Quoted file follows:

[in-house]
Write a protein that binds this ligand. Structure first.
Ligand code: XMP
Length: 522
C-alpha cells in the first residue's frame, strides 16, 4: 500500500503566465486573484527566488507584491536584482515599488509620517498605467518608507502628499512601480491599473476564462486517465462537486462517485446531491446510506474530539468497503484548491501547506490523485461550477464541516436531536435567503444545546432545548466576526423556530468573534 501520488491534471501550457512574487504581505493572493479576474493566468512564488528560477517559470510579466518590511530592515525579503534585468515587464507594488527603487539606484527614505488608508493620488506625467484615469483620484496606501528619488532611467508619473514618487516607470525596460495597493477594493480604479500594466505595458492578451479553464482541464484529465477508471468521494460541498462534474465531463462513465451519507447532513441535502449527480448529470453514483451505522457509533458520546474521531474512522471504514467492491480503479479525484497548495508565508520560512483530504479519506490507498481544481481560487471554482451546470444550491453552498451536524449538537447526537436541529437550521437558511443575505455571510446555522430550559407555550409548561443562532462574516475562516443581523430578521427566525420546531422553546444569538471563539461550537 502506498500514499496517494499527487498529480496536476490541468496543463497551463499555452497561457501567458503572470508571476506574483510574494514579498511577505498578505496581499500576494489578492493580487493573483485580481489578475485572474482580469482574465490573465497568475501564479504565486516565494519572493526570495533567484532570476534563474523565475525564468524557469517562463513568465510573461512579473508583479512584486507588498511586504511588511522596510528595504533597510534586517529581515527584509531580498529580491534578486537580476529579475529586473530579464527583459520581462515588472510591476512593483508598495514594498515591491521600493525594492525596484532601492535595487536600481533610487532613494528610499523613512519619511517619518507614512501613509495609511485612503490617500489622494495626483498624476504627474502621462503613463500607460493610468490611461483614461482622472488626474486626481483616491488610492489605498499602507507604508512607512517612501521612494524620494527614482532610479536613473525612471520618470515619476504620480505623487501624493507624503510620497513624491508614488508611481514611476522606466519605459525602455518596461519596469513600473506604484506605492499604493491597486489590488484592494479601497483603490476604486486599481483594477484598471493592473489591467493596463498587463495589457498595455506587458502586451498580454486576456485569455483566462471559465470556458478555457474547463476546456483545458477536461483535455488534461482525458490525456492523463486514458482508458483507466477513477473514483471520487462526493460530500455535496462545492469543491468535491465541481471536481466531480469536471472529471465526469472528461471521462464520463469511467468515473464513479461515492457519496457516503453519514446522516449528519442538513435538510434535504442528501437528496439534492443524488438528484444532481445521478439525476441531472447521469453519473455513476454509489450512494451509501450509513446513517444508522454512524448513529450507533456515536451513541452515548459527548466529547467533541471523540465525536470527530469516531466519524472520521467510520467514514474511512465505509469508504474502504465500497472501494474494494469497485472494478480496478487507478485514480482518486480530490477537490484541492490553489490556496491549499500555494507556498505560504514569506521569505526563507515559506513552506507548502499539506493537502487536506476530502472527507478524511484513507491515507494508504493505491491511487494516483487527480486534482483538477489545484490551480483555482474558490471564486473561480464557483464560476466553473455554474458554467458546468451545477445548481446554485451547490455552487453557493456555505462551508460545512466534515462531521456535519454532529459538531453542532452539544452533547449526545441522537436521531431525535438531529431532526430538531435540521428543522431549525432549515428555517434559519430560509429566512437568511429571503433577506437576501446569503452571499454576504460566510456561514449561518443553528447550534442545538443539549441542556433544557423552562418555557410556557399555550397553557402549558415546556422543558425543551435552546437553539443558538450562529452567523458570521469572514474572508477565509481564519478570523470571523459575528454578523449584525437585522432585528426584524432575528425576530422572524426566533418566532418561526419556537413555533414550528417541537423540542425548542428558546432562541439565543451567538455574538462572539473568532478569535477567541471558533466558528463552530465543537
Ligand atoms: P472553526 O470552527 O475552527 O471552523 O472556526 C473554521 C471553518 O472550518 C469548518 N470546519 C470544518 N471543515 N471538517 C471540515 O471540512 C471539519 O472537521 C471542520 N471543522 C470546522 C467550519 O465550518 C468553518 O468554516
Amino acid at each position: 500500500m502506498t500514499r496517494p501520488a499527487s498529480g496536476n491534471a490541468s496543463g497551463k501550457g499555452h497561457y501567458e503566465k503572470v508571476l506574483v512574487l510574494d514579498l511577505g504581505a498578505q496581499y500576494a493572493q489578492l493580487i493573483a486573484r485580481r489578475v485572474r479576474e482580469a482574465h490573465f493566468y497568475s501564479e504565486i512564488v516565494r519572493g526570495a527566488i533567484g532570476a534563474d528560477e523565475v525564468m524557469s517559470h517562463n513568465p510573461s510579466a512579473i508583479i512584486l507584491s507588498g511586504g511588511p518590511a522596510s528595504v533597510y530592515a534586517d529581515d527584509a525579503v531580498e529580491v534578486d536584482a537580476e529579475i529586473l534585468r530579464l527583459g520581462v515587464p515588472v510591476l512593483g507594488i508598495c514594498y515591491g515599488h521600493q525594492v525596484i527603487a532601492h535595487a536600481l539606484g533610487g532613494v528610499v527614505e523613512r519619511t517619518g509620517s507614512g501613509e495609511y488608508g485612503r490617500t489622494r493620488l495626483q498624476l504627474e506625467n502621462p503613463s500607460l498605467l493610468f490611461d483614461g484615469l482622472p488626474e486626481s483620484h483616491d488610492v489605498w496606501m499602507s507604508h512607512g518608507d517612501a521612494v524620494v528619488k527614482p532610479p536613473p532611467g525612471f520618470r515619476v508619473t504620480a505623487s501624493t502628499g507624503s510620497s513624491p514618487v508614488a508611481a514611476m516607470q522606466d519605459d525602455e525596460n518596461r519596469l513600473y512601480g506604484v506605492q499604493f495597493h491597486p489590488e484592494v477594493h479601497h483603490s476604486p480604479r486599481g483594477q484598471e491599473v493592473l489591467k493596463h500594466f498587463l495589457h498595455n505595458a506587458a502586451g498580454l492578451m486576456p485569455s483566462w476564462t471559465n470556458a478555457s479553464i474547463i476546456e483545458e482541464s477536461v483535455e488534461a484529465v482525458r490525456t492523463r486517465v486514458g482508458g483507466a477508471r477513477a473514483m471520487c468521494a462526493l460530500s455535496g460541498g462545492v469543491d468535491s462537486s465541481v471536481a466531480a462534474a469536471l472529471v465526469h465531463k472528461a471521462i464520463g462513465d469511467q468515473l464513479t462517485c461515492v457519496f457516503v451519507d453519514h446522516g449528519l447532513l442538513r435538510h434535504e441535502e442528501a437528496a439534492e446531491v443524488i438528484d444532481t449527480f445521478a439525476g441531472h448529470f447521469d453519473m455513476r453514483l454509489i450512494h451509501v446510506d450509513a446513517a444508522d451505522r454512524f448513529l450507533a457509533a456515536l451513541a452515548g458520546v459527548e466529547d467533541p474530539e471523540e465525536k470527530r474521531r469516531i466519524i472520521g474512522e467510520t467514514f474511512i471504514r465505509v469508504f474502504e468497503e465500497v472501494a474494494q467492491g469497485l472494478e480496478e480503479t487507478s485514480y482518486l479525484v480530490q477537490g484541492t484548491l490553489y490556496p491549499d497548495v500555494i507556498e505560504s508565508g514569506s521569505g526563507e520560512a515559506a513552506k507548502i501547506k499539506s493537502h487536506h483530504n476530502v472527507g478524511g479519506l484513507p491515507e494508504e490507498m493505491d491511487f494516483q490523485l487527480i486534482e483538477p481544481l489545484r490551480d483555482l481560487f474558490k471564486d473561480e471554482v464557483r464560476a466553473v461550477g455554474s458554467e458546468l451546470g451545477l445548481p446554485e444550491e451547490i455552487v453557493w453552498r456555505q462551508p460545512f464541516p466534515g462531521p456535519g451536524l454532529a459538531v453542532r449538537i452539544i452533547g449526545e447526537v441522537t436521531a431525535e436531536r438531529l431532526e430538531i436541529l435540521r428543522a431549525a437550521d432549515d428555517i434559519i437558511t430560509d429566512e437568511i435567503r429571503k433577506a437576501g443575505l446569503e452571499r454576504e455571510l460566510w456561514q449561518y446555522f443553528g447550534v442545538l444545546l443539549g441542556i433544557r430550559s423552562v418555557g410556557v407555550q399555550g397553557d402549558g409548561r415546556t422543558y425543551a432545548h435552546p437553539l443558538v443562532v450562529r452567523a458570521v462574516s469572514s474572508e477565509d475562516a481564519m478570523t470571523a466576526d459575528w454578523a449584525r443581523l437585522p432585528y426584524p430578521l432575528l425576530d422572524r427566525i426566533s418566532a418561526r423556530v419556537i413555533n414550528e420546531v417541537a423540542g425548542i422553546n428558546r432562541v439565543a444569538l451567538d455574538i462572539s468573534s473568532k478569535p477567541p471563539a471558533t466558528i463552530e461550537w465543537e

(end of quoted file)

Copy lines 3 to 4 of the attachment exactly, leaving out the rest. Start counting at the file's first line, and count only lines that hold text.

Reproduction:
Ligand code: XMP
Length: 522